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Isaac Cordal

Isaac Cordal

Spain (1974-)
BIO

Lovely figurines form a confrontational mirror

For those who visited the street art festival The Crystal Ship in Ostend, these miniature sculptures might ring a bell. Set up on abandoned architectural sites, these little men by Isaac Cordal (°1974, lives and works in Pontevedra, Spain) touched a nerve. 'The city forms the backdrop for the series of Cement Eclipses I have been creating since 2006, and the chosen location contributes greatly to the meaning. I am particularly interested in places that show the passage of time and our human decadence, appealing to us with their imperfections. For example, I think of windows, cables, wall cavities or other architectural remnants that can serve as a refuge for the sculptures,' Cordal says.

Besides the imperfection of the location, the miniature size of the figures contributes to their poetic character. 'I originally chose that small size from a logistical motive: it gave me more freedom to travel with my work, and required less storage space in the studio. This allowed me to let my work interact with the public space,' Cordal explains. 'I create a momentum there between what is not yet and what will never be. That tension contributes to the dramatic nature of the tableaux.

Although the figurines look lovely at first glance, Isaac Cordal uses them to depict an often destructive image about the human condition as well as our contemporary society. It is no coincidence that most of the figurines show a balding, despondent-looking middle-aged man in a grey suit. 'All the figurines look alike. A closer look reveals that they are visibly exhausted by their work and look anything but happy. Today, as human beings, we all seem to come from the same factory tyre, from the mother mould called neoliberalism. At the same time, they exude a heartbreaking loneliness, which I see as a side effect of individualism. We have turned nature into a theme park, which I think means we have lost the primordial link to our existence,' Cordal says.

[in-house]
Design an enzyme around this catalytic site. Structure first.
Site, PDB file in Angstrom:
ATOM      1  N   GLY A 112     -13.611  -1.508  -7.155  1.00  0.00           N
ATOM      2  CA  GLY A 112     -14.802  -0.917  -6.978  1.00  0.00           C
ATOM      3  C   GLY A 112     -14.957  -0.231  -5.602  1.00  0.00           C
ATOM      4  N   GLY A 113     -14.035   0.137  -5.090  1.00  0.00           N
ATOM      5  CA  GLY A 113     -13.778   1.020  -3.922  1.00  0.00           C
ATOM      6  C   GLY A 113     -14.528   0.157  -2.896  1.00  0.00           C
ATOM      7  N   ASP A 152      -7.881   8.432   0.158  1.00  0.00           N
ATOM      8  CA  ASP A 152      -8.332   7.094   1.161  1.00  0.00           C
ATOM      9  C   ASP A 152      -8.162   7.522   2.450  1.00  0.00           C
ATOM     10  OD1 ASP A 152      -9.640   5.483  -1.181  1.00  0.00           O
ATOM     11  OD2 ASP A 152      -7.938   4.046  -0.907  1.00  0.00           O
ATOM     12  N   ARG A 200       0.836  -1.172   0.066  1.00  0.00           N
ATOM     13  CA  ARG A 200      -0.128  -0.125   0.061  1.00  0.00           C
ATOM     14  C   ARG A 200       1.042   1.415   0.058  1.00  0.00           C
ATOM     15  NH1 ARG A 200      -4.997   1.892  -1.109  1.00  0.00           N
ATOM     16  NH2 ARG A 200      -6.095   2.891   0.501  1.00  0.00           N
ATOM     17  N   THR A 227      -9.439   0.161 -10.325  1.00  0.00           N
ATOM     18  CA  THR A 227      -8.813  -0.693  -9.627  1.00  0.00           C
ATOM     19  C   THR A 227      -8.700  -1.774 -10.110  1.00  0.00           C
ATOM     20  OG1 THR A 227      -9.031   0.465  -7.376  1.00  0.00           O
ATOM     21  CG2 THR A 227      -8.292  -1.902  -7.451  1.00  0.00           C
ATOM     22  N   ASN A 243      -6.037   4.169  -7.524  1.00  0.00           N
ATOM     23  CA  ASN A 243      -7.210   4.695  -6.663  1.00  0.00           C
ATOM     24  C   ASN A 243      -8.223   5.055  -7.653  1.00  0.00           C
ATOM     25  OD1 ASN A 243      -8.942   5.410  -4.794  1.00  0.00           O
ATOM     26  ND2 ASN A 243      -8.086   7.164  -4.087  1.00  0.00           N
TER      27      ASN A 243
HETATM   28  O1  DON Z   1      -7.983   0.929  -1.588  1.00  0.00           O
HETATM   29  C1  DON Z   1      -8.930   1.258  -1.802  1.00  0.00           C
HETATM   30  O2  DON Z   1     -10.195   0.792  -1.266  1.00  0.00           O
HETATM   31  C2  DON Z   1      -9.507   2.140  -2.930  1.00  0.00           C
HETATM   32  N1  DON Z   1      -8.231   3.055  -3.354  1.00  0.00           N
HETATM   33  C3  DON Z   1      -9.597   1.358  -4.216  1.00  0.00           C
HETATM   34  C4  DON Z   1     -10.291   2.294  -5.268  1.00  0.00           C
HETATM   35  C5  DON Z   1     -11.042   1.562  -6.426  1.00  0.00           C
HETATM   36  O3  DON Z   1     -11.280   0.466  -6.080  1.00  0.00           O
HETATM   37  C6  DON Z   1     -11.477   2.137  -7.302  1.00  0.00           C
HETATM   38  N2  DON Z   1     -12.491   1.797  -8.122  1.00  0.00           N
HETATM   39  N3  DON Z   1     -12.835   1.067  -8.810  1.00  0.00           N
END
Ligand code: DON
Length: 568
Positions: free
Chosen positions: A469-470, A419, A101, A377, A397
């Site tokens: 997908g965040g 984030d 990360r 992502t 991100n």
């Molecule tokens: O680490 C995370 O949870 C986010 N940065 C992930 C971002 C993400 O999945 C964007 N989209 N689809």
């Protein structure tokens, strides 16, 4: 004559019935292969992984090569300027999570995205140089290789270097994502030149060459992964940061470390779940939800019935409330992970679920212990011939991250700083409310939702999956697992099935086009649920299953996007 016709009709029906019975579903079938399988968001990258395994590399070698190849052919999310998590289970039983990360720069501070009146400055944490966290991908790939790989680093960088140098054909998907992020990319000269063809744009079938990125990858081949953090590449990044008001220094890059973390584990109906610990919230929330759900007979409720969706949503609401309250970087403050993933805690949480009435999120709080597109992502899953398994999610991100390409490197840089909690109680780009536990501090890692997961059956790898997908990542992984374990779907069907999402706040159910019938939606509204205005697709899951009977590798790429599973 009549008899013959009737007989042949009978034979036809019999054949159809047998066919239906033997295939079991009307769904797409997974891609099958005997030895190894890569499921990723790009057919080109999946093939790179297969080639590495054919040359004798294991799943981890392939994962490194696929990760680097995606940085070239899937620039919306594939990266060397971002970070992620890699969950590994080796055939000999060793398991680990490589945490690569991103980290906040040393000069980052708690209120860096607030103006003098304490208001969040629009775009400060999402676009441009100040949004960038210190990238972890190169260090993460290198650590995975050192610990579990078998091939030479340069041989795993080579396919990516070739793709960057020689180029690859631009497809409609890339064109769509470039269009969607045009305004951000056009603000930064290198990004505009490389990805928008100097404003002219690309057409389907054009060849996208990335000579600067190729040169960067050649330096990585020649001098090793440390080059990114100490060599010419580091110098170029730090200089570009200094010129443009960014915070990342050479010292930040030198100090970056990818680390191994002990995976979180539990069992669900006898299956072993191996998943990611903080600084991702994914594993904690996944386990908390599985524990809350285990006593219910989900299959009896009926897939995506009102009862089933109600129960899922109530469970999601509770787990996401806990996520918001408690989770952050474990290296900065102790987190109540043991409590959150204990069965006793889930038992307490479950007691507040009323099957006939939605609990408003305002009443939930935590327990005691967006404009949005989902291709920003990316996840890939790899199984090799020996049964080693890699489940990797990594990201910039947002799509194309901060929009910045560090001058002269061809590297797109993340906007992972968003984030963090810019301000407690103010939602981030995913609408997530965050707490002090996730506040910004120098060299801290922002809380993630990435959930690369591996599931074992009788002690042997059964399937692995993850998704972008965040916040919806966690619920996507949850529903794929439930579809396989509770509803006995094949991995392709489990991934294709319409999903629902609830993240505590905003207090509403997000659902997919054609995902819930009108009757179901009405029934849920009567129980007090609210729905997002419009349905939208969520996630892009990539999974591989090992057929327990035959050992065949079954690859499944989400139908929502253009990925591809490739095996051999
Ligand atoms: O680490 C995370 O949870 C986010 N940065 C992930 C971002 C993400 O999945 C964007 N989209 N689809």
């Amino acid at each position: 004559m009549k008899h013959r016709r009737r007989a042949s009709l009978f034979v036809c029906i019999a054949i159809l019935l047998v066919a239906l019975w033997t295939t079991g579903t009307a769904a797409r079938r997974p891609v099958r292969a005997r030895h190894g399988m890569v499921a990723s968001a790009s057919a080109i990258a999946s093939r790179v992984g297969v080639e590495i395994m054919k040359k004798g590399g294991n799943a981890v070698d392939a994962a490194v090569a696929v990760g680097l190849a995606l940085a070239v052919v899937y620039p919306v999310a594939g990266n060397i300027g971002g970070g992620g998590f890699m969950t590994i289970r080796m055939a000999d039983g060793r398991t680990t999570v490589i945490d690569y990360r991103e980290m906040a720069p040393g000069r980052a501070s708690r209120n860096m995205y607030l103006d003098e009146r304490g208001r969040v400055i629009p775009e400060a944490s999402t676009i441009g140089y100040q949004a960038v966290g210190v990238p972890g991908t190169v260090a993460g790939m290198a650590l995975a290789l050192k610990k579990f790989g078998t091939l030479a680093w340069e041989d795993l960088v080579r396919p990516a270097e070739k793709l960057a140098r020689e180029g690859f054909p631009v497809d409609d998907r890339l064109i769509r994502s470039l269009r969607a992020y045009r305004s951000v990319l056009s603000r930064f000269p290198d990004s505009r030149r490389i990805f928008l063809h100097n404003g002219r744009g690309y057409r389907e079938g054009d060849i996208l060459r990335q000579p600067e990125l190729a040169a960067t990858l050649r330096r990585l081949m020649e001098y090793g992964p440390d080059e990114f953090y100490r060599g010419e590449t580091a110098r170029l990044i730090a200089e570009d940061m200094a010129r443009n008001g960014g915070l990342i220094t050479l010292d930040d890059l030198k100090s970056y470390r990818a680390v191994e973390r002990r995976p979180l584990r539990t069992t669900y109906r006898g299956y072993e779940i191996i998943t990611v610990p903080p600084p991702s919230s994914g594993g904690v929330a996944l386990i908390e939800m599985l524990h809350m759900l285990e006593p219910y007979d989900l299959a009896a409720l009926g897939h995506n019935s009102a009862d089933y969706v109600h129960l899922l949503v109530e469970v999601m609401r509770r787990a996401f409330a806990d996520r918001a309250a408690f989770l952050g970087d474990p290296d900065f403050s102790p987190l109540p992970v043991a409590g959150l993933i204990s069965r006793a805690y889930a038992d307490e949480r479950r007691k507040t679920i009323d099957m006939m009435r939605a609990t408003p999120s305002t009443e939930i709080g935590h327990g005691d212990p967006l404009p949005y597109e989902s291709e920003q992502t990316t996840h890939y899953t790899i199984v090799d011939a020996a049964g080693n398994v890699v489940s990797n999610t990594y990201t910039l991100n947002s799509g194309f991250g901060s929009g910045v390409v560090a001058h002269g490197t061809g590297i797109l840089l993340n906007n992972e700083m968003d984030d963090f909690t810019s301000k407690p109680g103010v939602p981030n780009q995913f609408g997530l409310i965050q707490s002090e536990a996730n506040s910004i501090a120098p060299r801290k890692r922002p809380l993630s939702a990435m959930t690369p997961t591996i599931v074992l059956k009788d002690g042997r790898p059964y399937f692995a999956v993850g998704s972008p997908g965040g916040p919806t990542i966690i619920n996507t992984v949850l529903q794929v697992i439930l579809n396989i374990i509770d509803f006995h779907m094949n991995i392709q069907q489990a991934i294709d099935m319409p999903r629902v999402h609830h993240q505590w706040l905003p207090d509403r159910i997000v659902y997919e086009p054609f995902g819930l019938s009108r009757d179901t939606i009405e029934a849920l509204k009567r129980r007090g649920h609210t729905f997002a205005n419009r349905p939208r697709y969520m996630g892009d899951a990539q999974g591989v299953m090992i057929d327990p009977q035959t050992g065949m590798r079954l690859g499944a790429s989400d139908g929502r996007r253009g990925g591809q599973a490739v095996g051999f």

Laugh or cry

With his figurines, Cordal comments on our control society, and the way work takes up all our time. The balance between productivity and leisure is lost. 'I hold up a mirror to bureaucracy, power, economics and patriarchy, among other things. Although my images have more to do with submission and obedience, and they don't constantly question everything, I still see parallels with the character Bartleby from Herman Melville's book. I harbour a fascination with the trail of destruction we, under the banner of 'progress', leave behind.'

That when seeing Cordal's work, you sometimes don't know whether to laugh or just cry right now is due to the measured, ambiguous use of humour and irony. 'In that sense, I admire Honoré Daumier's illustrations. He was a master at interpreting the spirit of the times and knew how to respond perfectly to the political context with the necessary humour. Maurizio Cattelan and Erwin Wurm are also examples for their subtle use of humour and irony. How they play with the conventions of the contemporary art world, I admire,' Cordal says. 'On a technical and aesthetic level, the work of Ron Mueck and Anthony Gormley can then charm me. For me, art is a way of trying to understand the world around us. Sometimes I think art can help us create a better world, but mostly I see the arts mainly as a balm for our enigmatic existence.'

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Waiting for climate change by artist Isaac Cordal

Waiting for climate change, 2020

Isaac Cordal
Waiting for climate change by artist Isaac Cordal

Waiting for climate change, 2020

Isaac Cordal
Waiting for climate change by artist Isaac Cordal

Waiting for climate change, 2020

Isaac Cordal
Waiting for climate change by artist Isaac Cordal

Waiting for climate change, 2020

Isaac Cordal
Waiting for climate change by artist Isaac Cordal

Waiting for climate change, 2020

Isaac Cordal
Réalité Augmentée by artist Isaac Cordal

Réalité Augmentée, 2020

Isaac Cordal